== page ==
I went to 2 internists/cardiologists after that saying that I needed EKGs or chest x-rays, and they both told me it was anxiety. Then I went to a (very expensive!) psychiatrist and he said the same. I finally started to believe it was anxiety and not a heart condition, but I still had the anxiety about the problems/stresses in my life. just not so much anxiety about my percieved "heart condition." (by the way, i was 25, vegetarian, non-smoker, healthy weight, etc., so you can imagine how silly these doctors/my fi/friends/etc thought I was)

I won''t bore you w/ details of the situation that caused my panic attacks & anxiety attacks, but I''ll just say that it was extremely difficult, sad, frustrating, and complicated. and draining. and it went on and on and on for a whole year before it started to get better. I''d like to suggest that you try to (1) remove some of the stresses in your life that are draining you and weighing you down, and (2) try relaxing more by finding some sort of meditation or breathing thing that really helps you--to counteract the effects of the stresses that you cannot remove from your life.

Therapy is helpful, and I''ve done it in the past for self-esteem/relationship issues I had in college. I probably would have done it for this anxiety stuff in 2005, but I really didn''t have the time or the energy and I also felt like I was equipped to deal with it on my own if I actually approached it the right way. For example, alot of the problem was being stuck between 2 people who I have good relationships with and care about, but who grew to hate each other--I was sort of a mediator between them and this was time-consuming and emotionally hurtful to me. so I let them know about my anxiety issues and that these conversations were a major source. they were both still unresonable and annoying, but less so than before. another thing is that I enlisted my fi to help me deal with these people. he became an agent of sorts. and he was actually really successful at this. So maybe you can get your guy to help you w/ some wedding stuff. or your mom/sister/dad, whoever. then you can focus more on work and you won''t be so stressed about that. another thing I did that really helped was try not to take on so much stuff--like the night I had the "heart attack," I was up at 3am drinking coffee and preparing to write a legal article for law review. but it was just too much for me, so I didn''t write it. I never wrote it. It was too much for me to take at that time in my life, with all the other stresses, so I just didn''t do it. and I think that that was a good decision. So maybe you can eliminate certain things in your life that are "just too much" for you. even if you think they''re really important, they probably aren''t as important as maintaining your mental and physical health and being a happy person.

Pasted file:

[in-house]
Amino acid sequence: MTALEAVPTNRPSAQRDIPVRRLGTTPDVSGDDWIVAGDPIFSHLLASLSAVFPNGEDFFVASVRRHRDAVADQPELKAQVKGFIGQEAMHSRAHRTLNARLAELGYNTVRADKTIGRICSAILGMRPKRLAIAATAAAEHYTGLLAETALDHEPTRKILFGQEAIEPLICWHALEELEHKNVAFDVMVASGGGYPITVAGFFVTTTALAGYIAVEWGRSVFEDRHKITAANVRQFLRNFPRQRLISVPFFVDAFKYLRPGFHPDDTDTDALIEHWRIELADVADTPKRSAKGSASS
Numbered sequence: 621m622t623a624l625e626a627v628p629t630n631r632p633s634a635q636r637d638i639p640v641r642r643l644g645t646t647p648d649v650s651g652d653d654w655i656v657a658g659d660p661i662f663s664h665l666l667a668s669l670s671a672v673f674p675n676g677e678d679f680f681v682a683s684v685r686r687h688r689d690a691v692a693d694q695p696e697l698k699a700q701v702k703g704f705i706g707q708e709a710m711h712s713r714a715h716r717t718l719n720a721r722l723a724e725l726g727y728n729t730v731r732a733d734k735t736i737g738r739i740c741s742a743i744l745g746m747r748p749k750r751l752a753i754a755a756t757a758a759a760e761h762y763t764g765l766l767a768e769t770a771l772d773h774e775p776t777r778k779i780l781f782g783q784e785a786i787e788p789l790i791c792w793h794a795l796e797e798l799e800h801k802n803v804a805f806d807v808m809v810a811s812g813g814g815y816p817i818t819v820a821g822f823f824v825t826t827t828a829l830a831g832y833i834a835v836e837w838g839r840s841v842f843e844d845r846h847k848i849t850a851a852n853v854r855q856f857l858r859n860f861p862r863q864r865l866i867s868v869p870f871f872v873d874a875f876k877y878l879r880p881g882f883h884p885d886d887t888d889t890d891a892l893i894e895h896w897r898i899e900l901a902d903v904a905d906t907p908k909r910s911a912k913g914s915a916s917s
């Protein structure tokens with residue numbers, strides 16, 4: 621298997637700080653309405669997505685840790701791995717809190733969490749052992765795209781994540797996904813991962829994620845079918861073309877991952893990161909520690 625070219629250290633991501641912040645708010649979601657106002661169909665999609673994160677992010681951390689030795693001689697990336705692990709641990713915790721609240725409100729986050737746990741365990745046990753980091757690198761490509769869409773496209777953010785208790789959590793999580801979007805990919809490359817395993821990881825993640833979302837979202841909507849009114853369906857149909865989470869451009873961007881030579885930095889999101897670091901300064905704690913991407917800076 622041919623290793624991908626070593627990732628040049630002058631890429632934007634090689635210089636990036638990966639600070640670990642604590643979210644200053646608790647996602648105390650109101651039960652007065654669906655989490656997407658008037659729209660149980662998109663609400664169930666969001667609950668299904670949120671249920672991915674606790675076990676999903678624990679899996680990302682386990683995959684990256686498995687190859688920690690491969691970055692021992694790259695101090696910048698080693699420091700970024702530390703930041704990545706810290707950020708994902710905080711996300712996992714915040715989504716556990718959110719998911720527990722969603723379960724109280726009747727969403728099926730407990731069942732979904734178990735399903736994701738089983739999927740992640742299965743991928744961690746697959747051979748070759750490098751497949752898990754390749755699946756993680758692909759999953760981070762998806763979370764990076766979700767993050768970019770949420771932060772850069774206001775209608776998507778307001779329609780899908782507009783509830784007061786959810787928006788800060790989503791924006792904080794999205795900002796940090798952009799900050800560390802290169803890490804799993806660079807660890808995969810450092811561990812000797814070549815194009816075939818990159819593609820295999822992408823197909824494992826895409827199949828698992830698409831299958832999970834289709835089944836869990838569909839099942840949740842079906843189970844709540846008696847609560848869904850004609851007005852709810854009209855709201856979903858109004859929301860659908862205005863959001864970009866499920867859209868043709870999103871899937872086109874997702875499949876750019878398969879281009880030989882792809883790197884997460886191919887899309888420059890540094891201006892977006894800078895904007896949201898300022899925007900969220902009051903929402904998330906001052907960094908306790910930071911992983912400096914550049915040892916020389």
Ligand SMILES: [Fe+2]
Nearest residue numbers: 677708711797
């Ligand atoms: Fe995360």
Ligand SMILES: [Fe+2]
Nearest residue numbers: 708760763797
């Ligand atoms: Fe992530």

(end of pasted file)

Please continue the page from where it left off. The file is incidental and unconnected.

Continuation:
diane5006

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Hi I posted before...but my post went poof...

As mentioned it can be situational...and intermittent

While I agree that avoiding meds is generally preferred...they are sometimes the best course for some patients...but there are only certain meds that are really apprvied for GAD...but hopefully you can avoid them...since thay take a while to work anyway...

One thing you might be able to do...is get the list of providers from your HR person and go ahead and make your appointment now...that way you won;t have a delay...sometimes there is wait to get in...sometimes just making the appointment helps
 

robbie3982

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Wow, I''m really glad that people are willing to share so much! Thanks for your stories! I''m really feeling a lot better since FI showed me the website and since hearing other people''s stories. I really felt like I was alone in what I was going through. It''s hard when it seems like everyone else is dealing with the stresses of life and growing up perfectly fine.

cnspotts, I think I''d like to try some type of sleep aid. The nights when I can''t sleep are the worst. I don''t seem to have problems falling asleep, but I keep waking up in the middle of the night worrying about something. I wasn''t a big fan of the therapy that I''ve had in the past, but it sounds like CBT is very different from the "so tell me about your father..." therapy I had.